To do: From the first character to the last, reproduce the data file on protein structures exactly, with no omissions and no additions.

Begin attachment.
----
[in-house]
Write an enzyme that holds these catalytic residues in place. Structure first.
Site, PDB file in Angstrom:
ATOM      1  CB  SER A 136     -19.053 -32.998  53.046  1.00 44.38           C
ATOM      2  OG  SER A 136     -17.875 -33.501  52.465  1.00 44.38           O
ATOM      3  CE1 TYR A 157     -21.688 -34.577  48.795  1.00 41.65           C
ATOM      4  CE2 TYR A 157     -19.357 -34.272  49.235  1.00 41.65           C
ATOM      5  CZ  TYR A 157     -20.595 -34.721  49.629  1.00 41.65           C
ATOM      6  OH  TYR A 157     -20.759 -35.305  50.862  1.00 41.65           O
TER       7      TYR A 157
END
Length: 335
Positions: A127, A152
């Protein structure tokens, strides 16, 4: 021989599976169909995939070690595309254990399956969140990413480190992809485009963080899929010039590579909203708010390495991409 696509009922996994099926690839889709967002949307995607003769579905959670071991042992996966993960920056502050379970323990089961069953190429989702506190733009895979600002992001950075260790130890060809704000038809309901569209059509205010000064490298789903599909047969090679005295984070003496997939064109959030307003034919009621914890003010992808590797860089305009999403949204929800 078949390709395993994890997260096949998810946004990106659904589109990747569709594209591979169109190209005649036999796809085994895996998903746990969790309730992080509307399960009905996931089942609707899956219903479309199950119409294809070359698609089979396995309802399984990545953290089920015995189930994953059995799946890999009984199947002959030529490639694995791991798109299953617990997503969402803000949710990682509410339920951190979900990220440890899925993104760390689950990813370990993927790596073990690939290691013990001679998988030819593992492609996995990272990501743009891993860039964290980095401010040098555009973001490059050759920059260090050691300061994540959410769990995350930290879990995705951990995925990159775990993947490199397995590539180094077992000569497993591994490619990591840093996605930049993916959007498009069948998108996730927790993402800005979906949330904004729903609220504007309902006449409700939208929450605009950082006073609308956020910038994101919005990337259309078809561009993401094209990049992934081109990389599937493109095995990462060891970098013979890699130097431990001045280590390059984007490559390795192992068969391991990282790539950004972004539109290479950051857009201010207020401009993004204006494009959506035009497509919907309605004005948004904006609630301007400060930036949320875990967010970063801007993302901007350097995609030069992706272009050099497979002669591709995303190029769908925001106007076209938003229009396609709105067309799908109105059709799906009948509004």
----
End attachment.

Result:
[in-house]
Write an enzyme that holds these catalytic residues in place. Structure first.
Site, PDB file in Angstrom:
ATOM      1  CB  SER A 136     -19.053 -32.998  53.046  1.00 44.38           C
ATOM      2  OG  SER A 136     -17.875 -33.501  52.465  1.00 44.38           O
ATOM      3  CE1 TYR A 157     -21.688 -34.577  48.795  1.00 41.65           C
ATOM      4  CE2 TYR A 157     -19.357 -34.272  49.235  1.00 41.65           C
ATOM      5  CZ  TYR A 157     -20.595 -34.721  49.629  1.00 41.65           C
ATOM      6  OH  TYR A 157     -20.759 -35.305  50.862  1.00 41.65           O
TER       7      TYR A 157
END
Length: 335
Positions: A127, A152
């Protein structure tokens, strides 16, 4: 021989599976169909995939070690595309254990399956969140990413480190992809485009963080899929010039590579909203708010390495991409 696509009922996994099926690839889709967002949307995607003769579905959670071991042992996966993960920056502050379970323990089961069953190429989702506190733009895979600002992001950075260790130890060809704000038809309901569209059509205010000064490298789903599909047969090679005295984070003496997939064109959030307003034919009621914890003010992808590797860089305009999403949204929800 078949390709395993994890997260096949998810946004990106659904589109990747569709594209591979169109190209005649036999796809085994895996998903746990969790309730992080509307399960009905996931089942609707899956219903479309199950119409294809070359698609089979396995309802399984990545953290089920015995189930994953059995799946890999009984199947002959030529490639694995791991798109299953617990997503969402803000949710990682509410339920951190979900990220440890899925993104760390689950990813370990993927790596073990690939290691013990001679998988030819593992492609996995990272990501743009891993860039964290980095401010040098555009973001490059050759920059260090050691300061994540959410769990995350930290879990995705951990995925990159775990993947490199397995590539180094077992000569497993591994490619990591840093996605930049993916959007498009069948998108996730927790993402800005979906949330904004729903609220504007309902006449409700939208929450605009950082006073609308956020910038994101919005990337259309078809561009993401094209990049992934081109990389599937493109095995990462060891970098013979890699130097431990001045280590390059984007490559390795192992068969391991990282790539950004972004539109290479950051857009201010207020401009993004204006494009959506035009497509919907309605004005948004904006609630301007400060930036949320875990967010970063801007993302901007350097995609030069992706272009050099497979002669591709995303190029769908925001106007076209938003229009396609709105067309799908109105059709799906009948509004």